Imaging of Apoptosis in Chronic Obstructive Pulmonary Disease (COPD)

Clinical Trial ID: NCT02978144


This will be a prospective study examining the use of 99mTc-Annexin V-128 (AxV-128/Tc) single-photon emission computed tomography (SPECT)/computerized tomography (CT) technology in the imaging and functional assessment of the lung of patients with chronic obstructive pulmonary disease (COPD), healthy volunteer smokers without COPD and healthy volunteer subjects without smoking history. The aim of study is to determine if patients with COPD have an increased AxV-128/Tc signal with SPECT/CT.

Chronic obstructive pulmonary disease (COPD) is the third leading cause of death and is characterized by clinical symptoms and spirometry. Additional measures for diagnosis can be taken using imaging modalities such as CT. However, the evaluation of lung destruction in COPD is limited by the inability to visualize the activation of pathological processes since imaging modalities are only able to evaluate end-organ damage. In this proposal, the investigators aim to assess a molecular imaging probe targeting apoptosis, a cellular process known to be pathogenic in COPD. Apoptosis, a process of programmed cellular death, correlates with COPD severity and is not seen in the normal adult lung. In the past several years the investigators have demonstrated the successful ability of AxV-128/Tc to detect apoptosis in vivo in a preclinical animal model of smoke exposure emphysema model. Additionally, Phase 1 studies have demonstrated safety of this agent in healthy patients. Therefore, the investigators will bring AxV-128/Tc forward as a probe to image the apoptotic disease process of the lung in patients with COPD. The investigators will determine if the imaging signal correlates with serum biomarkers of apoptosis and inflammation. It is the investigators' hypothesis that AxV-128/99mTc imaging will show increased uptake in the lungs of patients with COPD, and that this signal intensity will correlate with accepted markers of apoptosis and inflammation. If successful, such an approach will be a powerful tool to potentially predict disease progression after diagnosis, identify patients at risk for disease exacerbation related lung function decline, and monitor response to disease targeted therapy. The total effective dose from the combined SPECT and CT scans is 6.2 millisievert (mSv). This effective dose is below what a patient receives during a standard 2 dose rest and stress cardiac nuclear imaging study and well within the range of current clinical nuclear imaging tests. The exact long term risk for development of cancer from diagnostic radiological procedures is currently under debate but all imaging procedures in this study are aimed to keep total radiation burden As Low As Reasonably Achievable (ALARA).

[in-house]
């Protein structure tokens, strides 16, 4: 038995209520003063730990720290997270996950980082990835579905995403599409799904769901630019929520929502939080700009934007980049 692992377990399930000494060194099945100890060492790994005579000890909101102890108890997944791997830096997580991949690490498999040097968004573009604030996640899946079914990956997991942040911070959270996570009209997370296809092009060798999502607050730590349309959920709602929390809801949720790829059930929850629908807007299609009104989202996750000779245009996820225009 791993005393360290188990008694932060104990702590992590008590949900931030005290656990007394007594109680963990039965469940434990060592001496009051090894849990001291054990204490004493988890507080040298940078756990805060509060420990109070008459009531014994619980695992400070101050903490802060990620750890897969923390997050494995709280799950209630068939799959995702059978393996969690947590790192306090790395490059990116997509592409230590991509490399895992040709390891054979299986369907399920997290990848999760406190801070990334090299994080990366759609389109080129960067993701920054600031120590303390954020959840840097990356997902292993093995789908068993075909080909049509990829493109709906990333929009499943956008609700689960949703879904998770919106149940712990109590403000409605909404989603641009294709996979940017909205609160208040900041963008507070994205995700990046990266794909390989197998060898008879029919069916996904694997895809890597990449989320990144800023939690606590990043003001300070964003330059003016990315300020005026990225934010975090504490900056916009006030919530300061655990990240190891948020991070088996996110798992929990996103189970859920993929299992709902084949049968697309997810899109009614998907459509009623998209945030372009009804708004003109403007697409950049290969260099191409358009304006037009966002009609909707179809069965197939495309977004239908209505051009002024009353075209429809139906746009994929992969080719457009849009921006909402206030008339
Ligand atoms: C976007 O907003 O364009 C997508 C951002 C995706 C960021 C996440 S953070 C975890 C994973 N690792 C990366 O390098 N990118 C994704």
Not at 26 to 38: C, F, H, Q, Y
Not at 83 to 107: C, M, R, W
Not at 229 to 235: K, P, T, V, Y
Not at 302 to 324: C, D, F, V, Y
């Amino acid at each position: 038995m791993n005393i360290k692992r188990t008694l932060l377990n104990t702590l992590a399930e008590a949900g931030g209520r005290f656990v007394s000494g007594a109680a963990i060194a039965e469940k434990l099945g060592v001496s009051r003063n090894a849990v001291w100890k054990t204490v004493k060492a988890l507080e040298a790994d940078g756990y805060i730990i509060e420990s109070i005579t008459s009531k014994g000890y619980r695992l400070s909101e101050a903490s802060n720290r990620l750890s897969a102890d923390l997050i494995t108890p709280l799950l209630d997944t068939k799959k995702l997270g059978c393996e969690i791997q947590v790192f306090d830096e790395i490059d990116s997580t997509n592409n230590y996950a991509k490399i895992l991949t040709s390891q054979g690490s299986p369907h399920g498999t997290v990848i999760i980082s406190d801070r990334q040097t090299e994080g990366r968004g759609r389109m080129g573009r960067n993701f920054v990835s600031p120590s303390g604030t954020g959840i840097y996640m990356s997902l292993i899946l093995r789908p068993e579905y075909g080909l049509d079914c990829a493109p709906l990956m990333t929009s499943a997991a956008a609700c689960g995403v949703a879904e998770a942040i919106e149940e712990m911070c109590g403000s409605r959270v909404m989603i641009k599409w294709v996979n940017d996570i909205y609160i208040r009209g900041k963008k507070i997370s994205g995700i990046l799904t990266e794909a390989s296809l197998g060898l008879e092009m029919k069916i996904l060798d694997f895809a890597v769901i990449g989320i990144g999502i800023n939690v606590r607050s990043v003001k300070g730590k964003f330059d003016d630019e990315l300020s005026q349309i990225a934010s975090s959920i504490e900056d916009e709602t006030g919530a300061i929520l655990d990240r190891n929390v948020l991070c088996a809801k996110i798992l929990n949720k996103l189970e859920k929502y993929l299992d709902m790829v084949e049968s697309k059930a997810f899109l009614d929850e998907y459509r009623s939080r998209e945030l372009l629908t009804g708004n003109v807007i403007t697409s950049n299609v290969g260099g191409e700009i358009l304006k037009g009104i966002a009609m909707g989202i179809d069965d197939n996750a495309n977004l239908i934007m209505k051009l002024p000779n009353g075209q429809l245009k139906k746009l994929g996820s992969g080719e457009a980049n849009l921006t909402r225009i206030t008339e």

Inclusion Criteria: - Patients with moderate COPD: Global Initiative for Chronic Obstructive Lung Disease (GOLD) Stage II, forced expiratory volume 1 (FEV1)/forced vital capacity (FVC) < 0.7 and FEV1 50-79% predicted - Patients with severe COPD: GOLD Stage III-IV, FEV1/FVC < 0.7 and FEV1 < 50% predicted - Healthy controls who are currently smoking (> 10 pack years) with normal spirometry (FEV1 > 80% and FEV1/FVC > 70%) - Healthy controls who never smoked (less than 100 lifetime cigarettes) with normal spirometry (FEV1 > 80% and FEV1/FVC > 70%) Exclusion Criteria: - Age < 18 years

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  • Sponsor

    National Heart, Lung, and Blood Institute (NHLBI)

  • Condition Name

    Chronic Obstructive Pulmonary Disease (COPD)

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